Your arsenal feels smaller than in The New Order, though part of this is due to the lack of any significant time jumps showcasing an improvement in technology. And they make up for a slightly-trimmed selection of weapons by expanding the options you have regarding upgrades. Where The New Order allowed you to stumble across, say, a suppressor for the handgun, The New Colossus opts instead to allow you to find upgrade kits in the world that give you the option to purchase a selection of up to three upgrades for each weapon. With the handgun for example, you can buy a suppressor, an extended magazine, and a magnum upgrade that acts as a secondary firing mode, upping the damage, but also the recoil and the noise.

The diversity brought in by these secondary firing mode upgrades effectively gives you two weapons in one, as they can really change the feel and the situational suitability of each weapon. Early in the game I barely touched the Sturmgewehr (assault rifle) but after unlocking its marksman scope, it became the weapon that I used the most.

I touched on the narrative earlier, and despite how satisfying the gameplay elements of The New Colossus are, the story of the game is definitely its strongest aspect. MachineGames have gone a long way to develop a rich, complex, and dark world that, whether intentional or not, carries with it a myriad of parallels to the current political climate. I talked about the potential in modern gaming to tell more nuanced and thoughtful stories in another piece about Wolfenstein, and it’s nice to see that the trailers and teasers we saw of the characters, themes, and events of The New Colossus leading up to its launch didn’t betray this potential.

The New Colossus gives us a very honest and realistic (as realistic as dieselpunk fire-breathing Nazi robot dogs can be) image of a Nazi occupation in America and its inevitable resistance. There were many in American society, especially in the early twentieth century, that would likely either have welcomed Nazi rule or quietly complied out of convenience, and a resistance against this regime would have reflected the opposite; the outcasts and the marginalized.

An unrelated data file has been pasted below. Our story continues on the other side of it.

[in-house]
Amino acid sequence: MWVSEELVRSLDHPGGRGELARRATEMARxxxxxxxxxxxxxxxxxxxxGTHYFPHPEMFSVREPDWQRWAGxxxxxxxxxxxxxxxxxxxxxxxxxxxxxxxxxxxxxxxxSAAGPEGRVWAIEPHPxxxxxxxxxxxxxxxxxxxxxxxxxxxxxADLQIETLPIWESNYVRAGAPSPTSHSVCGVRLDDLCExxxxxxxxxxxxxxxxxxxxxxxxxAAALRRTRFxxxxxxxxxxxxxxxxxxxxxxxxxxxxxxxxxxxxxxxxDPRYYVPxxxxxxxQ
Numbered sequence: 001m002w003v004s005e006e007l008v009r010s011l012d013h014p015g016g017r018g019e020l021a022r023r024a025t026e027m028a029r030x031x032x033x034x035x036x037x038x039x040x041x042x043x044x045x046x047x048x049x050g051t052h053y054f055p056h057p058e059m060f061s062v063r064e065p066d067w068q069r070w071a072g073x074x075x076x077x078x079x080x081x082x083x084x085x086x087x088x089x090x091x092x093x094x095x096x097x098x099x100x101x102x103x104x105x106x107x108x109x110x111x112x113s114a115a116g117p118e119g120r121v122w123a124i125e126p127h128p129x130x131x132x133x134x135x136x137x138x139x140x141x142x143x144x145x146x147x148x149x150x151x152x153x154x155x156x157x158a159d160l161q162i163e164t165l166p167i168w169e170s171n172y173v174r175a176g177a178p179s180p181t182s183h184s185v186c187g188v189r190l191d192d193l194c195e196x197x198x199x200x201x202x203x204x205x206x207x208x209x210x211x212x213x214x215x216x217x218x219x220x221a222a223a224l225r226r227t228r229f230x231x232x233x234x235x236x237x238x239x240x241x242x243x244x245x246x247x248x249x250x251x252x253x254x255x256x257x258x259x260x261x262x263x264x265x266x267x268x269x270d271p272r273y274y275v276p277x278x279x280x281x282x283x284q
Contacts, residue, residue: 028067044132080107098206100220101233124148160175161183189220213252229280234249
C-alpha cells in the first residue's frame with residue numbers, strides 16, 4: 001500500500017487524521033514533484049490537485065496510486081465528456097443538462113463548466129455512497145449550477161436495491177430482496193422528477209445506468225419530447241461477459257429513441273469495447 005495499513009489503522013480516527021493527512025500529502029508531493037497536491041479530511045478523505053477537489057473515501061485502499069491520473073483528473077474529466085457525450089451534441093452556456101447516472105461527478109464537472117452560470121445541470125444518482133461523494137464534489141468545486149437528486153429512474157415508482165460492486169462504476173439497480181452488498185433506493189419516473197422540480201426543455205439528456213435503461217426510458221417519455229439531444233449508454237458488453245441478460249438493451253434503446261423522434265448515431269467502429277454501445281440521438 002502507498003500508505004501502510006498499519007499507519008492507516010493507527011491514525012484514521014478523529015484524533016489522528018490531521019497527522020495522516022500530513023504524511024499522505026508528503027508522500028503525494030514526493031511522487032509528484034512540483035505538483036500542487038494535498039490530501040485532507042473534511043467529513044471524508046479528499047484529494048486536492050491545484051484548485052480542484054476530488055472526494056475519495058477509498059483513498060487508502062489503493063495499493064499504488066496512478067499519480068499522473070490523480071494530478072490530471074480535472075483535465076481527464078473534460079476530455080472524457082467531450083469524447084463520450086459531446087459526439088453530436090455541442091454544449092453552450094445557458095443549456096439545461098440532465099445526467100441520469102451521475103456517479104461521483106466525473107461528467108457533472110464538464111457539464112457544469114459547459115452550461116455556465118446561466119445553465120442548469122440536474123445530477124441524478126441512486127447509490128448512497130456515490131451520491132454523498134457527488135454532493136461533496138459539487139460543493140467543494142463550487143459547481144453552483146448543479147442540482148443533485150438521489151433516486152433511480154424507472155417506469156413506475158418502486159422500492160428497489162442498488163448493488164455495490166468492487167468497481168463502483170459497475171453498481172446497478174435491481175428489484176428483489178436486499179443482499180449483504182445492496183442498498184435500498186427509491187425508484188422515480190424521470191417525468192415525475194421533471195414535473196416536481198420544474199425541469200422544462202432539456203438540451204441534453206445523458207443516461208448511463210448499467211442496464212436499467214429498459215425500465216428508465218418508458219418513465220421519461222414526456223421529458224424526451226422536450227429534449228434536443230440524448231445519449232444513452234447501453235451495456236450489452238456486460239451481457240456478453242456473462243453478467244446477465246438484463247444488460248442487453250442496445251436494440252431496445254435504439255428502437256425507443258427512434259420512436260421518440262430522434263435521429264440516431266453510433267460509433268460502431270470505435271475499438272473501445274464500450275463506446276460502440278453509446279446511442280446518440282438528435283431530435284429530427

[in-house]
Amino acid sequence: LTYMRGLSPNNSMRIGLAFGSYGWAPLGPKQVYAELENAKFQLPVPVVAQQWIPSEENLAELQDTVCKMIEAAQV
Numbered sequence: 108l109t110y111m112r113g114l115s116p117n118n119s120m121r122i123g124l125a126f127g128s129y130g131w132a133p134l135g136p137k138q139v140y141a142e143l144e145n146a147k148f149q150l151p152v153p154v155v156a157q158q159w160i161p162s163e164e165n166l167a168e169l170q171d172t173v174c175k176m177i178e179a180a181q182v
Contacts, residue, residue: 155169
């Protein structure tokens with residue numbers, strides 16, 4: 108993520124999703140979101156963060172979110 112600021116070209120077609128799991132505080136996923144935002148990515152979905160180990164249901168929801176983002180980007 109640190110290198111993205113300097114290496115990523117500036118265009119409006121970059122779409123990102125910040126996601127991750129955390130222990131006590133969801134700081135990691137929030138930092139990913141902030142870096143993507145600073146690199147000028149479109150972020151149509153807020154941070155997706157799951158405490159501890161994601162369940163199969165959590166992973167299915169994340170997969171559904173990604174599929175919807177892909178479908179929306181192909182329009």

We see B.J., a man with Polish-Jewish heritage, fight alongside Marxists and Black Liberation fighters to rile up the people of America into pushing back against the status quo, and these are, realistically, the people who would best act as a force for change in such circumstances.

But that isn’t to say The New Colossus is a serious, humourless game. In fact, at times it can be incredibly funny and entertaining in a way that doesn’t create a tonal disconnect. The Nazis are comically evil, but not in a way that renders their monstrous nature cartoonified. The resistance are a group of society’s beaten-down, but they still have fun and enjoy themselves.

“as realistic as dieselpunk fire-breathing Nazi robot dogs can be”

Wolfenstein II: The New Colossus isn’t a perfect game. But it’s a really bloody good one, and one that’s incredibly important right now, however convenient its timing may be. If you’re going to play a Triple-A game before the end of the year, make sure it’s this one.

Steam Link || £39.99 / $59.99 / €59.99

Published by

Astrid Johnson

Astrid is a games journalist living in Bournemouth. She's the Editor-in-chief of Indie Haven, co-host of the Gameographers and the Real Heroes podcasts, and has freelance pieces published on Waypoint.